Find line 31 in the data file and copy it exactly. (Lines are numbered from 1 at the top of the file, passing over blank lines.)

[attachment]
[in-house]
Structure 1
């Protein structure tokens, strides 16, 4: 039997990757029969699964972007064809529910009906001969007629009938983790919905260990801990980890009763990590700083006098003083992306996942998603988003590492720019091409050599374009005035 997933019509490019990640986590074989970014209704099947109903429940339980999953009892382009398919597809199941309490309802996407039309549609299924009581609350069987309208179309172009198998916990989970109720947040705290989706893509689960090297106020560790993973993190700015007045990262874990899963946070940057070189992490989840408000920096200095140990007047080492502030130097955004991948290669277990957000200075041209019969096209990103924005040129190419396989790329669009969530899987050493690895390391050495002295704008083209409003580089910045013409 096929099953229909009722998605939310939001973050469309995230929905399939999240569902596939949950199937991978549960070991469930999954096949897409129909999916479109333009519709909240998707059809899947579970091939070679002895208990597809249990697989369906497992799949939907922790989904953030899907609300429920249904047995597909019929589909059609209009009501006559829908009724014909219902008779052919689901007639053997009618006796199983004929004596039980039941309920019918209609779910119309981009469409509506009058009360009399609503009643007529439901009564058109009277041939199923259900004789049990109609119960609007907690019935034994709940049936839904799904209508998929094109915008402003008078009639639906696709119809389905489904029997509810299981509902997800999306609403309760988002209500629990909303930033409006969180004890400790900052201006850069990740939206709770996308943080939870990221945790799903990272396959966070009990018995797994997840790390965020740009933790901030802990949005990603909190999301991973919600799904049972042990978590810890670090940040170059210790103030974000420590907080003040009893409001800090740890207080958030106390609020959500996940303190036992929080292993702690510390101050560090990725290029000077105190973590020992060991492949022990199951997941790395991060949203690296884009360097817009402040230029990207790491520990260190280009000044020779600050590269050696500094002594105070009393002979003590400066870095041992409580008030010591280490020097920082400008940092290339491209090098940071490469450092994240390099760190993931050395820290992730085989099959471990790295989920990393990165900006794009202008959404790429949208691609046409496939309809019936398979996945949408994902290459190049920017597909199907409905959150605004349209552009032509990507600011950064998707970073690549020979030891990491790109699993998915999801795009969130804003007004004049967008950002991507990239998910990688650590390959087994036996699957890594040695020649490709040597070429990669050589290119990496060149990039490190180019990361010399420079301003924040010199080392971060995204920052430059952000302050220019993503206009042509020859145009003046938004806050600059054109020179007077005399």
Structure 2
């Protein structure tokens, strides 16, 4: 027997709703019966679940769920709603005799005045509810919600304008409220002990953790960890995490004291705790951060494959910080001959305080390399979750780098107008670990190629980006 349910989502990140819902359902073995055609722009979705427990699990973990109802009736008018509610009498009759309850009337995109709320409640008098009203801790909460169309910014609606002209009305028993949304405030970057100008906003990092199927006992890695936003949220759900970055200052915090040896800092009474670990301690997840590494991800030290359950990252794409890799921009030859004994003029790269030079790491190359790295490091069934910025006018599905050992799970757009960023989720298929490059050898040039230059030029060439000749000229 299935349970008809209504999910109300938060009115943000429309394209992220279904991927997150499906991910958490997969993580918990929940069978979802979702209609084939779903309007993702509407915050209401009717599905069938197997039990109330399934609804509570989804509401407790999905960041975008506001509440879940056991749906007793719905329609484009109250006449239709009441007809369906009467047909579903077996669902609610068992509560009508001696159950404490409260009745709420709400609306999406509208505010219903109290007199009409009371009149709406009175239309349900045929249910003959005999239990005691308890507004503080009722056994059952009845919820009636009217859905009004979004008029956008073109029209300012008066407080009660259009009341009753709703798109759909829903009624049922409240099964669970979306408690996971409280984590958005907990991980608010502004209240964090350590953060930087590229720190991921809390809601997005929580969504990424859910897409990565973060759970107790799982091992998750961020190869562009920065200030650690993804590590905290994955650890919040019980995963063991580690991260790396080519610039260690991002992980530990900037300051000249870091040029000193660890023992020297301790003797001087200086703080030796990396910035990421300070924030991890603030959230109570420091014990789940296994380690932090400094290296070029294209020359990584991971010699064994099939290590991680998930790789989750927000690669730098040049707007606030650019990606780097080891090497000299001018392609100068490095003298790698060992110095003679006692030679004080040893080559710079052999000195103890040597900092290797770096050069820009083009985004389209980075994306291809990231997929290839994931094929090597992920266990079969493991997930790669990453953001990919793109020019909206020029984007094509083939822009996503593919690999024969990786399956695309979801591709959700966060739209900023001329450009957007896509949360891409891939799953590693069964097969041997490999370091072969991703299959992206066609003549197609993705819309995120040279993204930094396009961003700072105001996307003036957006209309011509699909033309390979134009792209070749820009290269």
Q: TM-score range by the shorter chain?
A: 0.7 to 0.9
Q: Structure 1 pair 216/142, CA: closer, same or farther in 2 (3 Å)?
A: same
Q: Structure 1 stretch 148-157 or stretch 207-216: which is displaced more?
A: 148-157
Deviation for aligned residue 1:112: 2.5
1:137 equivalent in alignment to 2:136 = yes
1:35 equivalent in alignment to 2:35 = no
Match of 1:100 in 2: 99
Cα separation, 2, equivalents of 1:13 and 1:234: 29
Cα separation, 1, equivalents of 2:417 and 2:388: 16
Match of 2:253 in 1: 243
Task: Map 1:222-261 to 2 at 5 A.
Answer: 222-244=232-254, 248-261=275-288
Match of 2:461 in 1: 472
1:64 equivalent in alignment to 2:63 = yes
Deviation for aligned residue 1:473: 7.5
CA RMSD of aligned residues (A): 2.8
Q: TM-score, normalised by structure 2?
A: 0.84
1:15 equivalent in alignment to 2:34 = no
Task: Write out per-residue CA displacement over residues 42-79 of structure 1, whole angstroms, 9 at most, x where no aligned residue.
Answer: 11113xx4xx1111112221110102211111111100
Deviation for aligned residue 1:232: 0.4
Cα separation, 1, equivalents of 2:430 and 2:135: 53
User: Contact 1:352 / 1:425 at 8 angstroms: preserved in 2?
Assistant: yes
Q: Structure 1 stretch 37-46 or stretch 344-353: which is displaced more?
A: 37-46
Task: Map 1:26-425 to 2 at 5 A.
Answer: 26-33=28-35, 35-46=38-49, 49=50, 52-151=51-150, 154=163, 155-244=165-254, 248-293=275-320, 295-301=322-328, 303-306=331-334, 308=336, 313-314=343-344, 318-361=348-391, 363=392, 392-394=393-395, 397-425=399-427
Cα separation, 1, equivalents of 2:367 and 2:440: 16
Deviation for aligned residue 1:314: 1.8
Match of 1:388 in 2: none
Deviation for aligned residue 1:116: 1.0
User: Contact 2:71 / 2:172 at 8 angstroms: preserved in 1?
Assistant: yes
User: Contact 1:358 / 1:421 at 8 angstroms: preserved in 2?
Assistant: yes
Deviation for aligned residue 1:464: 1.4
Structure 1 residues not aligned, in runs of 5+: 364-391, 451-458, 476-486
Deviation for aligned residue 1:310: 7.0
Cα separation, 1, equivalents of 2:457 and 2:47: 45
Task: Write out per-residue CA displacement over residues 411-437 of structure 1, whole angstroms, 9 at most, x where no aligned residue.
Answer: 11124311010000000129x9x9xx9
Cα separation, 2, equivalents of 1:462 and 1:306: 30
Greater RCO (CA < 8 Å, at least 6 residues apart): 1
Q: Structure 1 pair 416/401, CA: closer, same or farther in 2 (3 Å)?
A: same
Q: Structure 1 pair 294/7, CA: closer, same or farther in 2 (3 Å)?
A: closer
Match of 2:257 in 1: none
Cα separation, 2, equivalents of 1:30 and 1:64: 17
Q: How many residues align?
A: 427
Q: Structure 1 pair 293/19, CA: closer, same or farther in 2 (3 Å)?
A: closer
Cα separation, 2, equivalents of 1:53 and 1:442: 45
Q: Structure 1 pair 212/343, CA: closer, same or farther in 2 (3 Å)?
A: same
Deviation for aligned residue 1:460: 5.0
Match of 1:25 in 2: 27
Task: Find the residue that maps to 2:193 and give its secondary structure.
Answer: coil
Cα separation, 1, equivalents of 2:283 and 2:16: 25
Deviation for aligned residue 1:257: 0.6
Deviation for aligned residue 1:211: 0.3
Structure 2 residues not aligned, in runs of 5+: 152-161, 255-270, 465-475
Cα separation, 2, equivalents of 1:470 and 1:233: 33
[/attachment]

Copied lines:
Cα separation, 1, equivalents of 2:430 and 2:135: 53